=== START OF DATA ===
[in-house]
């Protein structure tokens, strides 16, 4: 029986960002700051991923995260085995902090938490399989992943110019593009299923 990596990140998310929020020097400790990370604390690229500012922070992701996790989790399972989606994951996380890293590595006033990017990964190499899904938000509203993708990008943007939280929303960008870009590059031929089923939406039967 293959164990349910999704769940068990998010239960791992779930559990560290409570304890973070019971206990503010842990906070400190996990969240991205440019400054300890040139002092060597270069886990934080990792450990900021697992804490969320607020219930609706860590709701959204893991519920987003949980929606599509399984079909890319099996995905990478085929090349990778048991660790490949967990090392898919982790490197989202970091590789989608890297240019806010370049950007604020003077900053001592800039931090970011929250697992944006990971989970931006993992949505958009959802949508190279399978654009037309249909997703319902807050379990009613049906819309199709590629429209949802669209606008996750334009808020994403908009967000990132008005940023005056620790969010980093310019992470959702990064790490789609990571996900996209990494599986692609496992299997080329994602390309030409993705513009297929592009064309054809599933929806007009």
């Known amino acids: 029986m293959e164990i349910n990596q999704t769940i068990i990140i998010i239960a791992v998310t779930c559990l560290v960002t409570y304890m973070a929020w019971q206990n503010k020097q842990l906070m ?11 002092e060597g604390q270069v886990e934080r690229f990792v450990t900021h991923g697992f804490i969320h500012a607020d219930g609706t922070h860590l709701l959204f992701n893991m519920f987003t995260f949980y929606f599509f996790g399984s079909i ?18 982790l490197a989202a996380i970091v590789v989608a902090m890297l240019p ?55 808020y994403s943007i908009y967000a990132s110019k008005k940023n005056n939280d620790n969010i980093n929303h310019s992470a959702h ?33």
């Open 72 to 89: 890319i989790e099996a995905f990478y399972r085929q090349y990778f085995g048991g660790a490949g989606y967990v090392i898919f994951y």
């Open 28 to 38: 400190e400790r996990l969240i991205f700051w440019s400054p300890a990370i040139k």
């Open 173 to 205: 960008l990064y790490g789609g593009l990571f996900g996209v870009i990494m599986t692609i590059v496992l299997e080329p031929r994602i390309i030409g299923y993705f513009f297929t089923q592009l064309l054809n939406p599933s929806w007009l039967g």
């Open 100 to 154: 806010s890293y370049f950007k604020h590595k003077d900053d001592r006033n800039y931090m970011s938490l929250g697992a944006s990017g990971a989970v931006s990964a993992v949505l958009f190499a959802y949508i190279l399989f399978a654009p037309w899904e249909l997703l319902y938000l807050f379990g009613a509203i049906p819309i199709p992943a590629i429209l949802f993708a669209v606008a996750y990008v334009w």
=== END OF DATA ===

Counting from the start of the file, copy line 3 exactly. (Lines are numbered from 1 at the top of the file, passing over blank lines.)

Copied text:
């Known amino acids: 029986m293959e164990i349910n990596q999704t769940i068990i990140i998010i239960a791992v998310t779930c559990l560290v960002t409570y304890m973070a929020w019971q206990n503010k020097q842990l906070m ?11 002092e060597g604390q270069v886990e934080r690229f990792v450990t900021h991923g697992f804490i969320h500012a607020d219930g609706t922070h860590l709701l959204f992701n893991m519920f987003t995260f949980y929606f599509f996790g399984s079909i ?18 982790l490197a989202a996380i970091v590789v989608a902090m890297l240019p ?55 808020y994403s943007i908009y967000a990132s110019k008005k940023n005056n939280d620790n969010i980093n929303h310019s992470a959702h ?33």